Debbie's son Jeff took his own life as a freshman in high school. He had been bullied relentlessly for two years in 7th and 8th grade. After his death, Debbie channeled her grief and anger to get a new law passed in Florida – The Jeffrey Johnston Stand Up For All Students Act. It requires schools to intervene in bullying, including online bullying, or face losing education funding.
Jeff was an intelligent, happy, and popular child when the bullying began in 7th grade. His bully recruited other classmates to exclude Jeff from activities, make hurtful and untrue accusations, and make fun of his appearance. Jeff loved music and Japanese anime. For months he developed an online game that he shared with friends. His bully discovered the password for the site and destroyed the game, replacing it with a web site defaming Jeff. Despite his physical strength, Jeff, a pacifist, never retaliated against the classmate who picked on him.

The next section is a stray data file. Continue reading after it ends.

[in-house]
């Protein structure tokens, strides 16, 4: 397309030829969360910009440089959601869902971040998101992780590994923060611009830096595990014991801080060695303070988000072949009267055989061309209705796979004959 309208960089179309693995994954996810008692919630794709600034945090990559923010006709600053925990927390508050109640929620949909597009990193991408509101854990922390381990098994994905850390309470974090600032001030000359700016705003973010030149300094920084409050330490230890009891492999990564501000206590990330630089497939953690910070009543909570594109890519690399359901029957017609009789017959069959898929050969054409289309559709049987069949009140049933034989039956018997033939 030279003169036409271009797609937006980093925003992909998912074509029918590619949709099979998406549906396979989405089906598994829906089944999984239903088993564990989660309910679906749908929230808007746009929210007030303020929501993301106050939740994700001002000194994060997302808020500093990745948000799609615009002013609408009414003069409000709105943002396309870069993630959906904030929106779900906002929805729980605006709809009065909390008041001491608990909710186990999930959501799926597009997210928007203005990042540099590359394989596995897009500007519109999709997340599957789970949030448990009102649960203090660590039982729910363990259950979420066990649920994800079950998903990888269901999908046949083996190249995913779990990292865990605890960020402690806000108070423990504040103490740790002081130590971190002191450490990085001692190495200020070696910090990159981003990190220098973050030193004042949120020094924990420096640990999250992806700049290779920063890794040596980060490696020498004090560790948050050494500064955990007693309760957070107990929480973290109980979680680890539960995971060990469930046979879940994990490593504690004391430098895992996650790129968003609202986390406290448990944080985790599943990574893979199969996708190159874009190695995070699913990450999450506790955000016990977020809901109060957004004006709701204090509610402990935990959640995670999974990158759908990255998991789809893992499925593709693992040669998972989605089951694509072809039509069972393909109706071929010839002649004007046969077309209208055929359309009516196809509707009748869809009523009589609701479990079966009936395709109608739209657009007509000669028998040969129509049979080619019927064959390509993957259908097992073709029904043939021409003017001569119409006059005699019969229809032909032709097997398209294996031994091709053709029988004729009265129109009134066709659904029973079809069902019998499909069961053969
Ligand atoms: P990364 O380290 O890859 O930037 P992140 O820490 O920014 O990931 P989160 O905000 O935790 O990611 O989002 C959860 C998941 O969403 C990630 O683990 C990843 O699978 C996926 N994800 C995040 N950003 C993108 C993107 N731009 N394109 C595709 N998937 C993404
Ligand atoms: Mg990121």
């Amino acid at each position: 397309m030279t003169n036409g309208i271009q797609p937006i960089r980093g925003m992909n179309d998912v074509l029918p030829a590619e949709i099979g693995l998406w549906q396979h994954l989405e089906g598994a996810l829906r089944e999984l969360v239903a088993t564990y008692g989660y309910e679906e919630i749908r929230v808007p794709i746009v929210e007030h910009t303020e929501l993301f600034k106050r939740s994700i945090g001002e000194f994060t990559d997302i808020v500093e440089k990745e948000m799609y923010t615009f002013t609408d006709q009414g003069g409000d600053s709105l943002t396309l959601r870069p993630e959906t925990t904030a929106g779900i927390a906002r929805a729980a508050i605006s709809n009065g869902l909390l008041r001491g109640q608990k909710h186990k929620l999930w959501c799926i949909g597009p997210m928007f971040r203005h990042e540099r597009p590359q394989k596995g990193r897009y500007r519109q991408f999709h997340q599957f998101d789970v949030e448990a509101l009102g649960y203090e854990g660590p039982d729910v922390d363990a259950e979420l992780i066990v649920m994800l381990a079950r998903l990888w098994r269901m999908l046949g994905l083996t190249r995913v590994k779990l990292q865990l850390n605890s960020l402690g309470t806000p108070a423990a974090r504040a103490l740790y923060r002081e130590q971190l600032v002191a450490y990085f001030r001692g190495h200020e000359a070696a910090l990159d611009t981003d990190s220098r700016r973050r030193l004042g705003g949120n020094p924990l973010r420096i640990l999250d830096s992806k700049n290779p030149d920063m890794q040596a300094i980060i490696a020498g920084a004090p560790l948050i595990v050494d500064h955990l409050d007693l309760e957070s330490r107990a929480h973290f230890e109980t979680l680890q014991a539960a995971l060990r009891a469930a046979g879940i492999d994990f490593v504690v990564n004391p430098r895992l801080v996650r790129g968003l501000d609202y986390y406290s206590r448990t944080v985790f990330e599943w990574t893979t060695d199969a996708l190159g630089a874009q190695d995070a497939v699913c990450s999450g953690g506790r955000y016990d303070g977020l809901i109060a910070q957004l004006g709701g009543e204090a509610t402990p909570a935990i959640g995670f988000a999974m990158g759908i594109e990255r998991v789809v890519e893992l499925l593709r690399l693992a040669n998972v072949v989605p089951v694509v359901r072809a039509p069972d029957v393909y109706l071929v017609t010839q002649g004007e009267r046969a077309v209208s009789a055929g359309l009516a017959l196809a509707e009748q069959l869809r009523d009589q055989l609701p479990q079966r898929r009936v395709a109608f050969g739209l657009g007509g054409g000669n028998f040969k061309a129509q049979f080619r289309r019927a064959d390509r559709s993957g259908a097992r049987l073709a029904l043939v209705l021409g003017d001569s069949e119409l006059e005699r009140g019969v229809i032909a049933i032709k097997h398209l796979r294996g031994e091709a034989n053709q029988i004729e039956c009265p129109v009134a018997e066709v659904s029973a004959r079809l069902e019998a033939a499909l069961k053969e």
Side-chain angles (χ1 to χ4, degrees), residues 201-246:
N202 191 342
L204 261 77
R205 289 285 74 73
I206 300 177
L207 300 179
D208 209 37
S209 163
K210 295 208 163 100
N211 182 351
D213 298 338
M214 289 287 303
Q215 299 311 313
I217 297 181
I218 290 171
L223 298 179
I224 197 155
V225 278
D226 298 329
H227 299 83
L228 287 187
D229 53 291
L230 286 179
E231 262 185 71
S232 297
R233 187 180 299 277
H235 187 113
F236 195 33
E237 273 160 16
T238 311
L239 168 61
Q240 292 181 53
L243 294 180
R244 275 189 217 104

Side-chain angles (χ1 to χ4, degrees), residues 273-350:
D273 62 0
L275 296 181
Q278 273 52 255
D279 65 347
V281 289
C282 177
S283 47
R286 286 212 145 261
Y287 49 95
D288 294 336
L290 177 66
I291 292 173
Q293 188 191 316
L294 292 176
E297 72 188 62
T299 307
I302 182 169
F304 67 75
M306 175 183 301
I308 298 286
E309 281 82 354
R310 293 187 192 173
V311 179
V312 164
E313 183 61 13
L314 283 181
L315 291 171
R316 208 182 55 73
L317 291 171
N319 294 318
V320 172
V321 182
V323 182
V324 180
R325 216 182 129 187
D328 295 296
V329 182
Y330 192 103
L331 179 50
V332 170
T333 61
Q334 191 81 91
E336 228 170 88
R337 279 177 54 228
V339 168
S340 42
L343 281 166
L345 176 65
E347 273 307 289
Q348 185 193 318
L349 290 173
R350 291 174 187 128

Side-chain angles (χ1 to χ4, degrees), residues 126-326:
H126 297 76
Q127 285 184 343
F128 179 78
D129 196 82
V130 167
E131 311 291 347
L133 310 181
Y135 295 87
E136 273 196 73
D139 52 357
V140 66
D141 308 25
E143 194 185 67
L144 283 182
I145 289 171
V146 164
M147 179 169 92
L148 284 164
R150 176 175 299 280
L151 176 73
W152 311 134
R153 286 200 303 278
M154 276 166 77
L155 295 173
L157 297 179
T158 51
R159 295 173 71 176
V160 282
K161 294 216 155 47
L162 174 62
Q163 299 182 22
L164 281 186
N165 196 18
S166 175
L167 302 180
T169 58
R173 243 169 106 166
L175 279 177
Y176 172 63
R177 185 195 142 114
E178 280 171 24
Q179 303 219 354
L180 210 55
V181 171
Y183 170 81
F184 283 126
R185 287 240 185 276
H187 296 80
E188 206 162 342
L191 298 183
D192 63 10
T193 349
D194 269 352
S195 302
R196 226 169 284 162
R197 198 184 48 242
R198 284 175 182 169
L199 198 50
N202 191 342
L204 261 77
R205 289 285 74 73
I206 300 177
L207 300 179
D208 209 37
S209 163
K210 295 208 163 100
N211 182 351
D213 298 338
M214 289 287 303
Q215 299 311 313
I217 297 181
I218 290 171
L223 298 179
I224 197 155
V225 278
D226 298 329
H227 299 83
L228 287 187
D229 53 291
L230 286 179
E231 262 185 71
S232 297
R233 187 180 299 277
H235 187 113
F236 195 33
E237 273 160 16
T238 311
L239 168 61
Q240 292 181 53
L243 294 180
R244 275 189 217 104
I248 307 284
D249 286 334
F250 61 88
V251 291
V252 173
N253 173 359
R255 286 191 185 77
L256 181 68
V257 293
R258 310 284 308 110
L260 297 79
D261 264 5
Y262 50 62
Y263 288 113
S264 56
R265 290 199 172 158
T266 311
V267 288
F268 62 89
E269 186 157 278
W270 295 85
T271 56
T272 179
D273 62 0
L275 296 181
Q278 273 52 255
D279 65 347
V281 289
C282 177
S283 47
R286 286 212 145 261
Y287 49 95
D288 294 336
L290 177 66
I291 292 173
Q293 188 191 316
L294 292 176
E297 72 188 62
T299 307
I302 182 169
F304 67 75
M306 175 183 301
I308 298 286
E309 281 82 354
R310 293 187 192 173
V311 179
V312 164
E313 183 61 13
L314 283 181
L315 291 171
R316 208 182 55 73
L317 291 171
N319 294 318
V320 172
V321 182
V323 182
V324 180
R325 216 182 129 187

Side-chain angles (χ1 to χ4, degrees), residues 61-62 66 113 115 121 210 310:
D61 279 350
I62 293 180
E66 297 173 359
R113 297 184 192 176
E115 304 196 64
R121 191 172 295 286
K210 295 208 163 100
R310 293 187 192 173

As the bullying became worse, Debbie spoke to the principal and teachers at the school who tried to intervene. It only served to make the situation worse. One intervention included sitting Jeff down with his bully, a situation which Debbie likens to having a rapist sit down with his victim to justify why she deserved it.
In his final note, Jeff said that “Nothing ever changes the world.” In honor of her son, Debbie lobbied to change the law in Florida to give schools more authority to intervene in bullying cases. For three years she drove to the state capital in Tallahassee to urge lawmakers to pass the bill. It did in April 2008. It is one of the most comprehensive in the country and Debbie is fighting to pass similar laws in all states.
Debbie founded Students for Safer Schools, an advocacy group for young people. She is the Bully Police Florida Co-Director and has been a speaker at several statewide conferences, bringing Jeff's Story to students across Florida in school assemblies.